Former United States Supreme Court Justice Potter Steward artfully explicated that ethics, “is knowing the difference between what you have a right to do and what is right to do.”[69] Oregonians have expressed and shown over decades a desire to align their hopes for ethical governance with the implementation of concrete ethical standards. This pursuit reaches back through history past President Nixon’s resignation and the subsequent ratification of new ethical standards which established the Oregon Government Ethics Commission. The refinement of ethics laws extends forward as Oregon legislators and a new Governor seek to better position the State to handle conflicts of interest such as those which embroiled state politics in 2014 and 2015. Harvard University director of the Edmond J. Safra Center for Ethics Lawrence Lessig wrote that failure to maintain independent ethical standards which prevent undue monetary influence results in inappropriate dependency. ”Where there is such dependency, those responsible for the effectiveness of the institution must ask whether that dependency too severely weakens the independence of the institution. If they don’t ask this question, then they betray the institution they serve.”[70] This dissertational examination of Oregon’s history and responsiveness to problematic situations exemplifies a healthy ethical rigor across governmental institutions. The Legislative initiatives which provide a framework for adjudication, regulation and oversight of ethics in the State reflect and typify the diligence of government to adapt to new ethical environments. It also shows the commitment of successive generations of Oregonians to evolving and improving ethical standards.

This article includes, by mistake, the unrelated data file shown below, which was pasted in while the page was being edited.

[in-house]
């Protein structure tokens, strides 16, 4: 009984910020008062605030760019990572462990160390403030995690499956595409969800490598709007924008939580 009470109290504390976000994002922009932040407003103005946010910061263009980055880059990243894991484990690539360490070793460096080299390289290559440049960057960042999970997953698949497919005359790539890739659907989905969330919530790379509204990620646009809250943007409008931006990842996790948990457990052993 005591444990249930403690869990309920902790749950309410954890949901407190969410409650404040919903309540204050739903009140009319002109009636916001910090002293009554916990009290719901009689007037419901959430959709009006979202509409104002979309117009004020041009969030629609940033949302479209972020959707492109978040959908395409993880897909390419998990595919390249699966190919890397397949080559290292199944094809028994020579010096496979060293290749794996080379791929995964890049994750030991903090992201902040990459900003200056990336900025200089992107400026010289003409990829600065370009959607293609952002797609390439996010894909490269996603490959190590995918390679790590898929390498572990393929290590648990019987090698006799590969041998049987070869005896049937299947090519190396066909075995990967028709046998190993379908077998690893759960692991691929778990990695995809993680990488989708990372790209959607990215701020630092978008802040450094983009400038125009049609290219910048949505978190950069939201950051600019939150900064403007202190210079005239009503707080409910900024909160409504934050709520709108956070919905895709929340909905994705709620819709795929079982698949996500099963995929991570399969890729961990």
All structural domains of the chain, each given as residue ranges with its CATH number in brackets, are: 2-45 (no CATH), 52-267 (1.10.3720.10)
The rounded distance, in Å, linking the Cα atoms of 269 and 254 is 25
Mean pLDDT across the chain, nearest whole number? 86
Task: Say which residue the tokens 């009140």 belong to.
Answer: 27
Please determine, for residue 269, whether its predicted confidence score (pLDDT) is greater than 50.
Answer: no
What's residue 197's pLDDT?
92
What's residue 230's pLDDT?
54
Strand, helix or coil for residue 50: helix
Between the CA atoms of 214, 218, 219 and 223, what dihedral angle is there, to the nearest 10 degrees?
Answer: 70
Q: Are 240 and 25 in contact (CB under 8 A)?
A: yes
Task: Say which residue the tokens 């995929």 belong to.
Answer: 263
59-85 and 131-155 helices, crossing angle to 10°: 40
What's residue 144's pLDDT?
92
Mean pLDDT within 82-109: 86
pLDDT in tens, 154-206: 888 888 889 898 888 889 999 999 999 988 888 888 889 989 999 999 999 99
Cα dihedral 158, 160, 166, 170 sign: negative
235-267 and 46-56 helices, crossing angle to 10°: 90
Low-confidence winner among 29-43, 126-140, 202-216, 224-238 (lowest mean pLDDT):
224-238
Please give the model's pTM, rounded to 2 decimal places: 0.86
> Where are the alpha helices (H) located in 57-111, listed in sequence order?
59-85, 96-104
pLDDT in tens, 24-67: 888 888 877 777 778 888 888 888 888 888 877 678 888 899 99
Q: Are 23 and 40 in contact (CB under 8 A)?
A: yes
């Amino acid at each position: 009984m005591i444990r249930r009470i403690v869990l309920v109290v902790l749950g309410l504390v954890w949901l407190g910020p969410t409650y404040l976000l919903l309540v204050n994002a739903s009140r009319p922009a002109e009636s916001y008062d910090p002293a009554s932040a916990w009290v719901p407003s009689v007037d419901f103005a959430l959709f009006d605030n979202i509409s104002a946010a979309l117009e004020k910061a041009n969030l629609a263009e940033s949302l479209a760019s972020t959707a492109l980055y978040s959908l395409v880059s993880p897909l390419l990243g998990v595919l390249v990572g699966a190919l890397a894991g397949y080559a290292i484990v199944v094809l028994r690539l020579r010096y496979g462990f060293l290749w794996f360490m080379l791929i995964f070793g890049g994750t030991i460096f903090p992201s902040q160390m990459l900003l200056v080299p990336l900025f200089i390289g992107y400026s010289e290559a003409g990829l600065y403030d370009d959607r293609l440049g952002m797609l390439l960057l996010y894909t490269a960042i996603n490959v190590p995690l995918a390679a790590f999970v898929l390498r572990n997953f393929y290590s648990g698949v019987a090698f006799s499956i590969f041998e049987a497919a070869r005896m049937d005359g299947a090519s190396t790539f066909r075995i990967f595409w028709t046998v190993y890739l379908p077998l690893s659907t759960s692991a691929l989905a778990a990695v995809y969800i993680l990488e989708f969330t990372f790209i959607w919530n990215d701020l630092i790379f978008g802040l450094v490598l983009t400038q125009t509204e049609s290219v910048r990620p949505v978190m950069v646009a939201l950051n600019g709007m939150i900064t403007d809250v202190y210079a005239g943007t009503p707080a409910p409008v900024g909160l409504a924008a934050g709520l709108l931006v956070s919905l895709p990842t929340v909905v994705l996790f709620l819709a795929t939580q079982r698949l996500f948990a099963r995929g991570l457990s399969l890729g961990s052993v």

[1] Mews, Constant. “Abelard and Heloise.” Oxford University Press, Xviii, no. 308 (2005): 214-15.

[2] “Integrity” Merriam-Webster Dictionary, Merriam-Webster

[3] Hedges, Chris. Empire of Illusion: The End of Literacy and the Triumph of Spectacle. New York: Nation Books, 2009.

[4] Preston, Noel, Charles Stampford, and Carol-Anne Bois. Ethics and Political Practice Perspectives on Legislative Ethics. London: Federation Press/Routledge, 1998.